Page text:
23. No new coal-fired power stations, gas mines or oil wells, and no expansions to any existing coal- or gas-fired power stations or mines, plus the development of programs to assist fossil fuel-dependent communities to make the transition to other more sustainable sources of economic prosperity.
24. Coal fired power stations should be decommissioned.
25. Thermal coal exports to be phased out by 2030 and all other fossil fuel exports to cease by 2040, with the exception of metallurgical coal.
26. The adoption of the precautionary principle in relation to capturing carbon through geosequestration, by opposing public funding, and ensuring that companies are financially responsible for the risks and effects of greenhouse gas leakage.
27. Preservation and promotion of natural carbon sequestration in soils, forests and marine sea grass and kelp, swamps and mangrove beds, and a funding and focus on restoring these natural carbon sinks.
28. 19. To use the Government's vehicle fleet procurement policies to contribute to the elimination of greenhouse gas emissions, including through the use of zero emission vehicles.
29. Research, development and deployment of sustainable fuels which demonstrably reduce greenhouse gas emissions, and do not threaten biodiversity or food security.
30. Research, development and deployment of greenhouse gas neutral technologies for manufacturing and industry, particularly replacing the direct use of fossil fuels in industrial processes.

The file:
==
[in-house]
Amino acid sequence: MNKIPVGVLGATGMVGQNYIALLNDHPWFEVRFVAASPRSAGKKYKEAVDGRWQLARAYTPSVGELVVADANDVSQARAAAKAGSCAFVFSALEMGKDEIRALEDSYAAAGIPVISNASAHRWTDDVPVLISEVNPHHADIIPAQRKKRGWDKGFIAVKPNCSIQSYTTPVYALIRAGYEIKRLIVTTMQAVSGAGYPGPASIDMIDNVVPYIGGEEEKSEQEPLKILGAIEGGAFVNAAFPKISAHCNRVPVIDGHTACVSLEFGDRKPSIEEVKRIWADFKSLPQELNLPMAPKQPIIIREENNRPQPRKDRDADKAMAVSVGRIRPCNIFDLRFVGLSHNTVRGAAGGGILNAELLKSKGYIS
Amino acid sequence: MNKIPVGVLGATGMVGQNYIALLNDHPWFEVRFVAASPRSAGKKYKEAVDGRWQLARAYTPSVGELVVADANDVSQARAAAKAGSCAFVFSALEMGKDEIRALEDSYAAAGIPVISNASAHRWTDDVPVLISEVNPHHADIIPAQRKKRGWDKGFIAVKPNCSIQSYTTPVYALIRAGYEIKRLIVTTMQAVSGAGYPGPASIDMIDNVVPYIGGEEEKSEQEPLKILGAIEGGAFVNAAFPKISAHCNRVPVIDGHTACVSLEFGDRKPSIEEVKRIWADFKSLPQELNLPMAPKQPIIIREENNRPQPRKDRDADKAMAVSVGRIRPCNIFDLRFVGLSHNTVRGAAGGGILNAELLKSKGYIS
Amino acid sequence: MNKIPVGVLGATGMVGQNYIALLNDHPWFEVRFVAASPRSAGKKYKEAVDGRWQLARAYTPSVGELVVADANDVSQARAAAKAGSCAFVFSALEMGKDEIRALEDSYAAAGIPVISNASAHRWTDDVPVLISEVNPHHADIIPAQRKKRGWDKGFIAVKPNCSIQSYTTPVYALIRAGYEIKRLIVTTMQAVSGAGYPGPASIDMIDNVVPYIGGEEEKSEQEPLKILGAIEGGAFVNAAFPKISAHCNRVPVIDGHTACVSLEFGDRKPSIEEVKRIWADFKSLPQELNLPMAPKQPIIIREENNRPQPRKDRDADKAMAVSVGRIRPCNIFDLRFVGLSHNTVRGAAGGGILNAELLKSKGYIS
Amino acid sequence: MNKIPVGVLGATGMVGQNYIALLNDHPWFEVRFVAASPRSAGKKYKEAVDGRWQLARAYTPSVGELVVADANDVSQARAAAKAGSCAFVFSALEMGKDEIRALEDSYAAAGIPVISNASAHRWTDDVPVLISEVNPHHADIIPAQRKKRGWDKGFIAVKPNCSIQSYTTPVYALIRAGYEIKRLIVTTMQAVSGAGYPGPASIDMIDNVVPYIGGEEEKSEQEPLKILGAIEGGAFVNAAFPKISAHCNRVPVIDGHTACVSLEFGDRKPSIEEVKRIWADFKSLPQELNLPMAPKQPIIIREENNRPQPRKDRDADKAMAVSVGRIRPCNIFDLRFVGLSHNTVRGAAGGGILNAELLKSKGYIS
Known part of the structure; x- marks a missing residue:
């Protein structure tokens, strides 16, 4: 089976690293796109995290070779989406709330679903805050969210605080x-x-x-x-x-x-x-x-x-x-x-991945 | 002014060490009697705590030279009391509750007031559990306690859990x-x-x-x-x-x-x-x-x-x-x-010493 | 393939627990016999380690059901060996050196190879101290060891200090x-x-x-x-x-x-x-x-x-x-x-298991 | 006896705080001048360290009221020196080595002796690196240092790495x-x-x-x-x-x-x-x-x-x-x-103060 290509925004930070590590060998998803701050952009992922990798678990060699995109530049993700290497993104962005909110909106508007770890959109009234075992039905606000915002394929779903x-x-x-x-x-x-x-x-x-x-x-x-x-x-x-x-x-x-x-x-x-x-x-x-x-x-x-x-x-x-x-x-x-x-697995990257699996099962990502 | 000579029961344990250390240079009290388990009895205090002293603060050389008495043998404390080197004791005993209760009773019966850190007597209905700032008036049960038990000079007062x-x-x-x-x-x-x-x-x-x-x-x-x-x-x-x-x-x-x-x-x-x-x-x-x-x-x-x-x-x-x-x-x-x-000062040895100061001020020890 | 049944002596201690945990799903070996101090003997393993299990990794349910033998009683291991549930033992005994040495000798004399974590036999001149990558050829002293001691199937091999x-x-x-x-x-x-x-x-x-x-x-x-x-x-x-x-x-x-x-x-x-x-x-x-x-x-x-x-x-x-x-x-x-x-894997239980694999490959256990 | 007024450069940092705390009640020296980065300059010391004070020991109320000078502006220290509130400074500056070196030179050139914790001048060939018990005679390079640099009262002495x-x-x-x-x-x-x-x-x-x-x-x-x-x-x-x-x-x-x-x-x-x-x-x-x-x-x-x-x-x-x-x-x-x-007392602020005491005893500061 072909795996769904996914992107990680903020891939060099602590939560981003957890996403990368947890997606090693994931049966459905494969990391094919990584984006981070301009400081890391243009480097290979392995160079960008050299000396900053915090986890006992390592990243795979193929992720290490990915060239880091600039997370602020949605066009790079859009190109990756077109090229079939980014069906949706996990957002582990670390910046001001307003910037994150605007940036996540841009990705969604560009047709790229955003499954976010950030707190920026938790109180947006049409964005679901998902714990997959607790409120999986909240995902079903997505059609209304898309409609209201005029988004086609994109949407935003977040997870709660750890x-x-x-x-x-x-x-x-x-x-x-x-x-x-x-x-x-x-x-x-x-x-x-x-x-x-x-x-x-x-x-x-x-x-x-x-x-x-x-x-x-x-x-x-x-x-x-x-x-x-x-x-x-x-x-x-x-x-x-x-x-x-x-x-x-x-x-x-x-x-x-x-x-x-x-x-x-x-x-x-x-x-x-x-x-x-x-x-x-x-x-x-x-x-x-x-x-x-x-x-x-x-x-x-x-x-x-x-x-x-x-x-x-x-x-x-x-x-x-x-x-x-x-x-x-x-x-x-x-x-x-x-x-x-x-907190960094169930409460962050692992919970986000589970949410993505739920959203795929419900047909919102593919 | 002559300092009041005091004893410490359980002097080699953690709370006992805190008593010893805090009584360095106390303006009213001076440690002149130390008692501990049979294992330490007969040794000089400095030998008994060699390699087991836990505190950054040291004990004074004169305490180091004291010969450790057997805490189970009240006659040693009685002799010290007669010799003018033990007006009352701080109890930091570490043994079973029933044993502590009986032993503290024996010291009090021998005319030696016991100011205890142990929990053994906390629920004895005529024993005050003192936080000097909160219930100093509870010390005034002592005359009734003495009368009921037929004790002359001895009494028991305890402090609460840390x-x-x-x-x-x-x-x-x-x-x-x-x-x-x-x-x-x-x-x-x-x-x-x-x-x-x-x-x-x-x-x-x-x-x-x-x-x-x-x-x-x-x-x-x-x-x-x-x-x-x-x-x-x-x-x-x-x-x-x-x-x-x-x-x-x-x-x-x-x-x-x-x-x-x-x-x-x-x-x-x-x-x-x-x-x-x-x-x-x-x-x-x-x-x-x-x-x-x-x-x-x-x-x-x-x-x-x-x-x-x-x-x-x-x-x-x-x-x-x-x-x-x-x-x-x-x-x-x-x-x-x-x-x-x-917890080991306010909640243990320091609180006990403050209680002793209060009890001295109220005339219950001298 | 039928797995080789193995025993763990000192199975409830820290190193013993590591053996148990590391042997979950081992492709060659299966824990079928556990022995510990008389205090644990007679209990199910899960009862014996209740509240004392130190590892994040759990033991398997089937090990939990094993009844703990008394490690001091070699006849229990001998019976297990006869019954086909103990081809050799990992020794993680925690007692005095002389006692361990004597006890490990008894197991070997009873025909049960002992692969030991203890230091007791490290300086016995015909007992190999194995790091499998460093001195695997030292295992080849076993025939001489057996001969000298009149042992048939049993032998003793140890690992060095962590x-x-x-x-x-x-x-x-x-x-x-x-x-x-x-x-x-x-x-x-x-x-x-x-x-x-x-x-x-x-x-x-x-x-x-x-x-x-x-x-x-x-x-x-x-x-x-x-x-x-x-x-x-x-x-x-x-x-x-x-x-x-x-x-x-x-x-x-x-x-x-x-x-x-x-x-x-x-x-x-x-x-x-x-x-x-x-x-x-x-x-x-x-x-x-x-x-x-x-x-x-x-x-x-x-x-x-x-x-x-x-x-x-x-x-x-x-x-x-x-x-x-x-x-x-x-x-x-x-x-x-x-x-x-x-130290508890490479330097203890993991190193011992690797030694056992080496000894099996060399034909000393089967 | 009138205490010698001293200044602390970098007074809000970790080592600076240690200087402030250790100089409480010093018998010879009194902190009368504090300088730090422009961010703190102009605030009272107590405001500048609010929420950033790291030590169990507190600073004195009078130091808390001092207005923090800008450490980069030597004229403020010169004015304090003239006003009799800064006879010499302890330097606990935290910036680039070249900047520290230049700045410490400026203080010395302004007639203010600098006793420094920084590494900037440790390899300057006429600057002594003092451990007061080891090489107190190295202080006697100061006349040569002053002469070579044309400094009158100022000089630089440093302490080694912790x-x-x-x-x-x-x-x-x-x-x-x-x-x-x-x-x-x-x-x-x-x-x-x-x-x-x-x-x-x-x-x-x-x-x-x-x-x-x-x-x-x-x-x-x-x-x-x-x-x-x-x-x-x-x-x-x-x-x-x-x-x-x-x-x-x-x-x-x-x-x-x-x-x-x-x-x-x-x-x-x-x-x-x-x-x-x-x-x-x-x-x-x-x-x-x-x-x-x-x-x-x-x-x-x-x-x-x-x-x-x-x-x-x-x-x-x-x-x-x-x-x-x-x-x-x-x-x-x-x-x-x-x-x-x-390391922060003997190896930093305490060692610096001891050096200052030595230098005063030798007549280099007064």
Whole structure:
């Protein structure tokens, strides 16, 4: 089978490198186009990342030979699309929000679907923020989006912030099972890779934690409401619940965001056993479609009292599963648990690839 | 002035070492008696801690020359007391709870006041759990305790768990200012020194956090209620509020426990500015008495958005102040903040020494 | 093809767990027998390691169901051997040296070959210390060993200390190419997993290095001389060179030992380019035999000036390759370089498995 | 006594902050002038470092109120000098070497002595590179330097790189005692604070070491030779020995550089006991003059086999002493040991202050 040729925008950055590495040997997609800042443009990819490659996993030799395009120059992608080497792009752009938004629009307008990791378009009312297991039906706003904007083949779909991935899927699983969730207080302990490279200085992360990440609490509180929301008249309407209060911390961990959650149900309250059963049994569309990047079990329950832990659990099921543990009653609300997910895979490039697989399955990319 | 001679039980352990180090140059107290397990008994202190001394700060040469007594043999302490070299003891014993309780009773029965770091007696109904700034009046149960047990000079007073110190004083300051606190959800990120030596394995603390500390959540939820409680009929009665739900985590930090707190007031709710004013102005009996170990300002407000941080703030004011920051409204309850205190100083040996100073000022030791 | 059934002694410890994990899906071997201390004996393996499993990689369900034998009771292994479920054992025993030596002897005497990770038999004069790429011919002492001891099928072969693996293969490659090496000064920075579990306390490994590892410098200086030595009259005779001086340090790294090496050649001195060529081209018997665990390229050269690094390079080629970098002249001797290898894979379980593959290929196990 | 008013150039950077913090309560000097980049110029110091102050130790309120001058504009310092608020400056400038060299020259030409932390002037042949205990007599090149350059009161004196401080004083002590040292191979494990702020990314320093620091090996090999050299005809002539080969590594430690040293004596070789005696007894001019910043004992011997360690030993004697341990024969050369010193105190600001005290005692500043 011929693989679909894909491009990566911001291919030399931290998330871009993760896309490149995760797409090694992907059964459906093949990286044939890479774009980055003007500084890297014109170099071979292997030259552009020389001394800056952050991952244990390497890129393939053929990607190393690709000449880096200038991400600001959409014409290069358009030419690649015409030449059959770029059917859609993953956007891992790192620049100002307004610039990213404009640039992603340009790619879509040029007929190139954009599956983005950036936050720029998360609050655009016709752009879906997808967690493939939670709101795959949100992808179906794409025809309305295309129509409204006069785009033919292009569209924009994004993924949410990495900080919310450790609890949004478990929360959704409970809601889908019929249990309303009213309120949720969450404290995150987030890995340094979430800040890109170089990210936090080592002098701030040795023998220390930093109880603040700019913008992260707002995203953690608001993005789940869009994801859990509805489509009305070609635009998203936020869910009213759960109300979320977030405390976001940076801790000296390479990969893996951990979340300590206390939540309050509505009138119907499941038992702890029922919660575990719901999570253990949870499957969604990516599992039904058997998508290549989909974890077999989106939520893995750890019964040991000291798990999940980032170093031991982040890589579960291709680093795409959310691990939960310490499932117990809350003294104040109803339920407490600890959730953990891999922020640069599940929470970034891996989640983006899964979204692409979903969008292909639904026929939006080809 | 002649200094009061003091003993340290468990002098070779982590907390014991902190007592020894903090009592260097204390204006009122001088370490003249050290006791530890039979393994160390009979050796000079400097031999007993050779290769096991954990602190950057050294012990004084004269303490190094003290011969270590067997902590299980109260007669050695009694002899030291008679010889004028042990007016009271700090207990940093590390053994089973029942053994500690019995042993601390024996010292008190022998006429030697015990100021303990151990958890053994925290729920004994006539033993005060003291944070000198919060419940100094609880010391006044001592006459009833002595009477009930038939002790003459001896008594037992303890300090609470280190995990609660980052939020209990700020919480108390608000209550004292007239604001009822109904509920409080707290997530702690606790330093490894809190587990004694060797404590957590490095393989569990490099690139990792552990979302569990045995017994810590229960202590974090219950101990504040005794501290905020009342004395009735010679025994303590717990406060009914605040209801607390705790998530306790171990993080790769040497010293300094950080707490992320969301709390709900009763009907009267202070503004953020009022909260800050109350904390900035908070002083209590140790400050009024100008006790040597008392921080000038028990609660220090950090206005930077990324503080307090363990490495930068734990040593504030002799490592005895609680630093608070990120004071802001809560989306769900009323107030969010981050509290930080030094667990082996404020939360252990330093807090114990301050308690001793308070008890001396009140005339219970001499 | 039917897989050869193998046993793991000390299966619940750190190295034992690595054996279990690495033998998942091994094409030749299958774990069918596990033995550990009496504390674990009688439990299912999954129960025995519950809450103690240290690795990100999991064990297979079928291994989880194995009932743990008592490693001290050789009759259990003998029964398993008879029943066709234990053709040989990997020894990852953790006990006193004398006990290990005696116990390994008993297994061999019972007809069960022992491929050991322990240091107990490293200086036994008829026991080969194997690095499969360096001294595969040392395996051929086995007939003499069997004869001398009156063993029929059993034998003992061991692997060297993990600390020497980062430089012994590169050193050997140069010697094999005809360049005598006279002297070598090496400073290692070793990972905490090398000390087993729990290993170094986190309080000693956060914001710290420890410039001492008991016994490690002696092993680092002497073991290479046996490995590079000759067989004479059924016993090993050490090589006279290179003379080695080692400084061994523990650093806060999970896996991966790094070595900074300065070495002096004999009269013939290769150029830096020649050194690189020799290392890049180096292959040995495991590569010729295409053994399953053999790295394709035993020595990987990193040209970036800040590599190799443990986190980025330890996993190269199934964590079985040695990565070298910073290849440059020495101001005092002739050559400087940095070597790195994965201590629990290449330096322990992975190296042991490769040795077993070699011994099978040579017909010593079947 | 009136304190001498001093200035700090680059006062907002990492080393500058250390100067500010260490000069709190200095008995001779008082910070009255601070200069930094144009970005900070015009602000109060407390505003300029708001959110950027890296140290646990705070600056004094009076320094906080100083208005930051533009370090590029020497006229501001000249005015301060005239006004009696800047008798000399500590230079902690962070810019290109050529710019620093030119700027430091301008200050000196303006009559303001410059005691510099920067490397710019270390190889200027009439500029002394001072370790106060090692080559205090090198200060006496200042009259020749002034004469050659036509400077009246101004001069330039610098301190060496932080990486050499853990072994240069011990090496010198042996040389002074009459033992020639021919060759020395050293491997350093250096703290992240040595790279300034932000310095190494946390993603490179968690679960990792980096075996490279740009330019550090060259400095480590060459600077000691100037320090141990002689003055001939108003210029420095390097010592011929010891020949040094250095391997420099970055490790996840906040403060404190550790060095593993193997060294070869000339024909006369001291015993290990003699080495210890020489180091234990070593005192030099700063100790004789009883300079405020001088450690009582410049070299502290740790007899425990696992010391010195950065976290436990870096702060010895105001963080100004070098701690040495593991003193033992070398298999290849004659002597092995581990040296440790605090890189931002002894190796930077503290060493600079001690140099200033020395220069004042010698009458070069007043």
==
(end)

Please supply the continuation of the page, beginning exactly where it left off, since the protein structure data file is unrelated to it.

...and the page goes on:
31. Research, development and deployment of mechanisms to significantly reduce greenhouse gas emissions from sea and air transport and ensure that greenhouse gas emissions from sea and air transport, both domestically and internationally, are calculated, reported and accounted for under national and international obligations.
32. Research, development and the implementation of sustainable agricultural methods that reduce greenhouse gas emissions, while transitioning from industrial farming practices that are greenhouse gas intensive or rely on fossil fuels.
33. Research, development and deployment of processes that will allow Australian industry to convert renewable energy into an exportable resource.
34. The creation of a renewable energy export industry, including renewables-generated fuels such as Green Hydrogen, direct connections to neighbouring countries and the export of technology.